Tuesday, August 23, 2011

The Australian Decline is a Given

The permabull WSJ noticed Australia, but for odd reasons.

Australian Property, Long an Outlier, Joins Decline
Wage growth from Asia's appetite for commodities, a rise in immigration and slow homebuilding drove the price of the average home in Australia up 150% from 2001 to the start of this year, according to RP Data.
Yeah, that's the myth everyone told themselves as consumers leveraged up higher and higher. But in reality, it's total credit issued that feeds the rise in prices.

Household debt from ABS
Among the different types of debt, housing debt as a proportion of housing assets rose from 11% to 29%, which means overall, households have come to own a relatively smaller proportion of their houses. (It goes on to talk about equity, which is fleeting as hell.)
Between 1990 and 2008, debt for investor housing increased from 11% to 27% of all household debt. Debt for owner occupier housing was consistently the largest component, ranging
from 56% to 67% of debt (59% in September 2008).
Can't expect the WSJ to shake a convenient dead narrative, I suppose.

Back to the WSJ:
A downturn in Australia's real estate market will add to concerns of a two-speed economy in the resource-rich nation. Mining profits are surging due to heavy demand from China and other fast-growing Asian countries, but consumer businesses and manufacturing have faltered under the weight of the swollen Australian dollar, which is trading near 30-year highs to the U.S. currency.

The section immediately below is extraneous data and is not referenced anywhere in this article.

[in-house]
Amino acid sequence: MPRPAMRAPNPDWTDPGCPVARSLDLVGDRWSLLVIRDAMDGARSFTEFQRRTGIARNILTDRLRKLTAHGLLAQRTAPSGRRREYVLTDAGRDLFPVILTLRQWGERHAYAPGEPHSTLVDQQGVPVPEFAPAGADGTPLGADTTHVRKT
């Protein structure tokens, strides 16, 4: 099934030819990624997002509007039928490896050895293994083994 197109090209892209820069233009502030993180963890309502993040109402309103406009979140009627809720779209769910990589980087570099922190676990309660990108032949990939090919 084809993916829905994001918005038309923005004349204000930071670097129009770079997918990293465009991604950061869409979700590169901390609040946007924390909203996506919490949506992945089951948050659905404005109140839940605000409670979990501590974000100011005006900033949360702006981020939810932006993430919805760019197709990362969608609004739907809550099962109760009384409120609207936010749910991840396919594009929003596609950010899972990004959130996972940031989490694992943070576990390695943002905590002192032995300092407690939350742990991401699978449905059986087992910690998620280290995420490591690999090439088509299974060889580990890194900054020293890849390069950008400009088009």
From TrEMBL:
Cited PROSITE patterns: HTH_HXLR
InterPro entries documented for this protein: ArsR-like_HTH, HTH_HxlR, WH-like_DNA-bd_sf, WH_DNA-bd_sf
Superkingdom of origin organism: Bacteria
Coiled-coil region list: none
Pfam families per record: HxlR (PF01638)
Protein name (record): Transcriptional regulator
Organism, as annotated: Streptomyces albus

if you weren't too distracted by superficial shiny things to use the Google, you'd have noticed that Agriculture and Mining together make up a whopping 10% of Australia's GDP. That's an engine to hang a future on. That adds up to a speed and a quarter economy, not a two-speed.

Mortgages in which payments are 30 days or more late reached an all-time high in the first quarter of 1.8%, according to ratings firm Fitch Ratings. However, that level is still well below that of the U.S., with an 8.4% figure during the quarter ended in June, according to the U.S. Mortgage Bankers Association.
You are comparing a market passing the peak with one five years beyond the peak. SRSLY. False equivalency much?

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